It is likely that newsmagazines will begin to fight each other as there is increasing pressure for a restricted audience. Although the new FDI Act will protect domestic news outlets from competitors from overseas, all of the domestic newspaper markets are facing restricted transport links. "On April 1, I was told that four dailies had appeared.

Neither of them has come this far," said Ko Min Htike, an NGO employee in Kyaiklat Vts., Ayeyarwady region, on April 4. He' also the only authorized reseller for his hometown for The Daily Eleven when it leaves every day on May 3rd. It is not possible for us to spread across the whole nation, but we restrict ourselves mainly to the markets of the Yangon, Mandalay, Mawlamyaine, Taunggyi and Ayeyarwady regions," said U Kyaw Min Swe.

The Standard Time Daily is published by U Ko Ko Ko Lay, a recent addition to the company's portfolio and CEO of Three Friends Construction. "Because I want them to be able to access private papers. By the end of March, the German federal administration had licenced a further 16 potential dailies, and more are expected to follow.

Over 100 books are for purchase each week. There are also four state daily newspapers. "Right now, people buy all their personal daily papers. Later, they will select their favorites to pick the fish from the tadpoles," says Ko Aung Aung, a retailer from the Sanchaung Town Ship.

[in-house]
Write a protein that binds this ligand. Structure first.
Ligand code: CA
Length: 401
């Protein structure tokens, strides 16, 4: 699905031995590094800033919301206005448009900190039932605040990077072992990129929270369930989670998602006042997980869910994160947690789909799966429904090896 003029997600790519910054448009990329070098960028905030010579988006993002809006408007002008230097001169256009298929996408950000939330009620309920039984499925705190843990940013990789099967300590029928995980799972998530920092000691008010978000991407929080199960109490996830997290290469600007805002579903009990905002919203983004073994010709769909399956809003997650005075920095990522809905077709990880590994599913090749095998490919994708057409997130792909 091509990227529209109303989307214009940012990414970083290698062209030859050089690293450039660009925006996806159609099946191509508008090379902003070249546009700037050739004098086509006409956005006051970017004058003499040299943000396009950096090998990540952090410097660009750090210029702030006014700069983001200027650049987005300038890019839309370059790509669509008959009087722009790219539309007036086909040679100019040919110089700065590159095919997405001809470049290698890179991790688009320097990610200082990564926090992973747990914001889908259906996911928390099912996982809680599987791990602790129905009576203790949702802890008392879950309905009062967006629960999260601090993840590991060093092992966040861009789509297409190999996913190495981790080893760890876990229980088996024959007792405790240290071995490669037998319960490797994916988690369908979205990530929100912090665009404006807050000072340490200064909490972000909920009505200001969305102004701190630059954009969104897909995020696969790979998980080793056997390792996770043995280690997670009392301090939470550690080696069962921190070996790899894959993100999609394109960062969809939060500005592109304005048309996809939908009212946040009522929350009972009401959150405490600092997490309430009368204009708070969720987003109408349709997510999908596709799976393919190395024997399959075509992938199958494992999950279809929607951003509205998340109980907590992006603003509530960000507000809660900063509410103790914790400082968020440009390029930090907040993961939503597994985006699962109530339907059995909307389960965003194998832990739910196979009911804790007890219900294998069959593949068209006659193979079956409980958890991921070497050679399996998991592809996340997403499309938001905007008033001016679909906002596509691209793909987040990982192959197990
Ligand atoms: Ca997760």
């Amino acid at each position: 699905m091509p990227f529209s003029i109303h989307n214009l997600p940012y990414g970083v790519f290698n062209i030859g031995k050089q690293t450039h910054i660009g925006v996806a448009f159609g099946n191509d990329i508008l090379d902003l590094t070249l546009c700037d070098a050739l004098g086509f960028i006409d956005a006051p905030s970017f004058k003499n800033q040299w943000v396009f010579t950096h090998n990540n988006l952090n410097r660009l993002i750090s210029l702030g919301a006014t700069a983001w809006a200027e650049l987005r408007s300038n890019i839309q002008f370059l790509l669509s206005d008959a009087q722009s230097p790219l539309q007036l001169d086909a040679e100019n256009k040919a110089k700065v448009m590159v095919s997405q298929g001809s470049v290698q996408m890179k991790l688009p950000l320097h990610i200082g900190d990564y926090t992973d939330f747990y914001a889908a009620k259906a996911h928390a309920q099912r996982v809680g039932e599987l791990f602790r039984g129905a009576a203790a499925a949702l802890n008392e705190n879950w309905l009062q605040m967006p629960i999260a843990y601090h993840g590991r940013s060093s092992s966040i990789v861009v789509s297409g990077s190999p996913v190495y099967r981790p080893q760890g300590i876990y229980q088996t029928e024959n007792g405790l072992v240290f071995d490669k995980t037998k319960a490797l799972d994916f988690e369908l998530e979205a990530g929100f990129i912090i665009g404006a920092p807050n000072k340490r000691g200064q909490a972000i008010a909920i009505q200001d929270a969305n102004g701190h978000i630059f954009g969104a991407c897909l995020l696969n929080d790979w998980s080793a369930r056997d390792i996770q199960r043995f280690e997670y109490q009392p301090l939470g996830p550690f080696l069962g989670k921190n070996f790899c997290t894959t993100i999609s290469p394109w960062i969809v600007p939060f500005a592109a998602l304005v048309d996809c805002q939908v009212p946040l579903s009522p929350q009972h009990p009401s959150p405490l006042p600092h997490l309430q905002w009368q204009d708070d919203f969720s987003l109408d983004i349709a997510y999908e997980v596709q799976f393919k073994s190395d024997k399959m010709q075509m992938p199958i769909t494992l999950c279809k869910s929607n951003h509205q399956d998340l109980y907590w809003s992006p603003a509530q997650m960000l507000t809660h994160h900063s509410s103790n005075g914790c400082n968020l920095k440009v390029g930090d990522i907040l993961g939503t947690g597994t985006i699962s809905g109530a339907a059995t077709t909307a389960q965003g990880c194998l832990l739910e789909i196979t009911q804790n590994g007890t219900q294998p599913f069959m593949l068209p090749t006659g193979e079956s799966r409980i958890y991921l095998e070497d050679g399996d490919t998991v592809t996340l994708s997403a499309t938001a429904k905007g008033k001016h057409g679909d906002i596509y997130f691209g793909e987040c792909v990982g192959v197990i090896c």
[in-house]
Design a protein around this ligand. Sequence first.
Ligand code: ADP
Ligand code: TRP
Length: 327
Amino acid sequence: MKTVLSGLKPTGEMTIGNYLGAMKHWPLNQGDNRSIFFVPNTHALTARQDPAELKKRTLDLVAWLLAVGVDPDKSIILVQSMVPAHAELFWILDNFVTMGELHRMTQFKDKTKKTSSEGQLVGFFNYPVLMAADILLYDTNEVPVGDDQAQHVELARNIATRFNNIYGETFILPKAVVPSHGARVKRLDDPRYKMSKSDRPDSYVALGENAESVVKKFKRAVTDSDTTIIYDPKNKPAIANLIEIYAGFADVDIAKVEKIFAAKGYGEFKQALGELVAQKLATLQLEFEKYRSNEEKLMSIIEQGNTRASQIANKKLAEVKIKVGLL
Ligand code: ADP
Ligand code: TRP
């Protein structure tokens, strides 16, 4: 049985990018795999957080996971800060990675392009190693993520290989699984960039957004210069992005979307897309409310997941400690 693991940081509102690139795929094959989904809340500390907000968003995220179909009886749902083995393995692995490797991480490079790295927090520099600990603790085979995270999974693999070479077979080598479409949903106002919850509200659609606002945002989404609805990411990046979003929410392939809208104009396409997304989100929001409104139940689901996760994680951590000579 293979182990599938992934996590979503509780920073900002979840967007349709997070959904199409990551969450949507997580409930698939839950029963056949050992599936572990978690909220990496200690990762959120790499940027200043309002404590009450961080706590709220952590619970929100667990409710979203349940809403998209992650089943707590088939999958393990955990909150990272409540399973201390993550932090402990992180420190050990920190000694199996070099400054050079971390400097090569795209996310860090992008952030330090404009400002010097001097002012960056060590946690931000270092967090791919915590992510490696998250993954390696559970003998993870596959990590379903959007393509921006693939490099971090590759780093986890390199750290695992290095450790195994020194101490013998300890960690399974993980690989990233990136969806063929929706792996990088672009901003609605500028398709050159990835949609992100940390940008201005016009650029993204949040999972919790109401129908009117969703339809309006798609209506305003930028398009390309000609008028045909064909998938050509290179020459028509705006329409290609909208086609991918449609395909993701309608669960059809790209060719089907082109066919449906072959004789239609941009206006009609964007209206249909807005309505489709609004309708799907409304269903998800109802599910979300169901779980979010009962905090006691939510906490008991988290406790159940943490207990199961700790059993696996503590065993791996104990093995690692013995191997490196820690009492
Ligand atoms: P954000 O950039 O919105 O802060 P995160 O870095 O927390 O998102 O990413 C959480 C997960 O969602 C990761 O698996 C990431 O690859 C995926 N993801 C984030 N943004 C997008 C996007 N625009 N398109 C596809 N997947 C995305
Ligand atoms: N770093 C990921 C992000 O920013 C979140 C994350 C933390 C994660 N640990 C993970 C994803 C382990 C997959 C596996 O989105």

"With the advent of a plethora of personal dailies, the reader will have a vote on who will be delivering their messages in the futurolog. Certainly, only a few dailies will be able to keep up with the struggle for purchasers every day. Failing that, there is cause for concern about how free the Myanmar media will be," Mr Cosper said.

Ross Dunkley, CEO of Myanmar Consolidated Technology, a long-standing international investment in Myanmar's news publishing sector and editor of one of the country's most popular newspapers, the Myanmar Times, rejected a statement on the new FDI Act. MCM' s request for day licenses for both English and Myanmar voice output is still being handled by the MCM.

A boost in the economy, which accompanies the steps towards free media and democratization, could lead to more publicity. "The ad prices in the state newspapers are very high. If we can run the newspaper in a professional manner, the outlook is very promising," said U Kyaw Min Swe.